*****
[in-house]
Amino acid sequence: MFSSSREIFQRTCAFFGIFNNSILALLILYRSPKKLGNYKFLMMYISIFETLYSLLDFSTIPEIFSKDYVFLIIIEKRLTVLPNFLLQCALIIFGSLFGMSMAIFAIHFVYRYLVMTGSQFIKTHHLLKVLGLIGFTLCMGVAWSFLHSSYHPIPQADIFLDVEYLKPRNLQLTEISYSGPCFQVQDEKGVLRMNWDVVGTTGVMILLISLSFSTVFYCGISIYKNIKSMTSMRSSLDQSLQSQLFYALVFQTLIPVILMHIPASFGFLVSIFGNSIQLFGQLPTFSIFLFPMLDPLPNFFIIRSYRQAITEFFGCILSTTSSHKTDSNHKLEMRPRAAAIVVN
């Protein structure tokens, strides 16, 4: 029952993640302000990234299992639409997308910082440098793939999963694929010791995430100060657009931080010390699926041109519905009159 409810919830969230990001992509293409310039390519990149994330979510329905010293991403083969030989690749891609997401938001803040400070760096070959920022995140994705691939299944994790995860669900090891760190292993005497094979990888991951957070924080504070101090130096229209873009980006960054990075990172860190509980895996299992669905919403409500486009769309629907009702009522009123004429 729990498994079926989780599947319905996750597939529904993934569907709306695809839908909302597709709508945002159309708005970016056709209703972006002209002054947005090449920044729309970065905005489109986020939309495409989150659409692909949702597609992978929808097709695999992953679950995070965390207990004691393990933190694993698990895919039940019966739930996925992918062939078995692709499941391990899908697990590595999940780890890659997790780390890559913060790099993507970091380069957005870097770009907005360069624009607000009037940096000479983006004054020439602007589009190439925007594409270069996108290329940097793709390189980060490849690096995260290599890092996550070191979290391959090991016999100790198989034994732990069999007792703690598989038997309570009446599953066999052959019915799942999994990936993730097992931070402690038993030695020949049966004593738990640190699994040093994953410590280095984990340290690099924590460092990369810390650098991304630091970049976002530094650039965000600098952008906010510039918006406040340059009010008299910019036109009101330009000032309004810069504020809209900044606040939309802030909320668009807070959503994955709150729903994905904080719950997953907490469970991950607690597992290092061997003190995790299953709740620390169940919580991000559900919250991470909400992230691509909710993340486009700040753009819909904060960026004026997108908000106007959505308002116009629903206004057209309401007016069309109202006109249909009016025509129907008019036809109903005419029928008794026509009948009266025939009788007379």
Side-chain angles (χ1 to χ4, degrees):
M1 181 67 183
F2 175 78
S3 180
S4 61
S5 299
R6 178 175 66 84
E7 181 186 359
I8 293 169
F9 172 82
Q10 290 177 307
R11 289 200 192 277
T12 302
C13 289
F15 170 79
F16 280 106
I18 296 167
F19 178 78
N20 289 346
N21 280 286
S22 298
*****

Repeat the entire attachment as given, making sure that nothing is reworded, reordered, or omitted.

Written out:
[in-house]
Amino acid sequence: MFSSSREIFQRTCAFFGIFNNSILALLILYRSPKKLGNYKFLMMYISIFETLYSLLDFSTIPEIFSKDYVFLIIIEKRLTVLPNFLLQCALIIFGSLFGMSMAIFAIHFVYRYLVMTGSQFIKTHHLLKVLGLIGFTLCMGVAWSFLHSSYHPIPQADIFLDVEYLKPRNLQLTEISYSGPCFQVQDEKGVLRMNWDVVGTTGVMILLISLSFSTVFYCGISIYKNIKSMTSMRSSLDQSLQSQLFYALVFQTLIPVILMHIPASFGFLVSIFGNSIQLFGQLPTFSIFLFPMLDPLPNFFIIRSYRQAITEFFGCILSTTSSHKTDSNHKLEMRPRAAAIVVN
């Protein structure tokens, strides 16, 4: 029952993640302000990234299992639409997308910082440098793939999963694929010791995430100060657009931080010390699926041109519905009159 409810919830969230990001992509293409310039390519990149994330979510329905010293991403083969030989690749891609997401938001803040400070760096070959920022995140994705691939299944994790995860669900090891760190292993005497094979990888991951957070924080504070101090130096229209873009980006960054990075990172860190509980895996299992669905919403409500486009769309629907009702009522009123004429 729990498994079926989780599947319905996750597939529904993934569907709306695809839908909302597709709508945002159309708005970016056709209703972006002209002054947005090449920044729309970065905005489109986020939309495409989150659409692909949702597609992978929808097709695999992953679950995070965390207990004691393990933190694993698990895919039940019966739930996925992918062939078995692709499941391990899908697990590595999940780890890659997790780390890559913060790099993507970091380069957005870097770009907005360069624009607000009037940096000479983006004054020439602007589009190439925007594409270069996108290329940097793709390189980060490849690096995260290599890092996550070191979290391959090991016999100790198989034994732990069999007792703690598989038997309570009446599953066999052959019915799942999994990936993730097992931070402690038993030695020949049966004593738990640190699994040093994953410590280095984990340290690099924590460092990369810390650098991304630091970049976002530094650039965000600098952008906010510039918006406040340059009010008299910019036109009101330009000032309004810069504020809209900044606040939309802030909320668009807070959503994955709150729903994905904080719950997953907490469970991950607690597992290092061997003190995790299953709740620390169940919580991000559900919250991470909400992230691509909710993340486009700040753009819909904060960026004026997108908000106007959505308002116009629903206004057209309401007016069309109202006109249909009016025509129907008019036809109903005419029928008794026509009948009266025939009788007379």
Side-chain angles (χ1 to χ4, degrees):
M1 181 67 183
F2 175 78
S3 180
S4 61
S5 299
R6 178 175 66 84
E7 181 186 359
I8 293 169
F9 172 82
Q10 290 177 307
R11 289 200 192 277
T12 302
C13 289
F15 170 79
F16 280 106
I18 296 167
F19 178 78
N20 289 346
N21 280 286
S22 298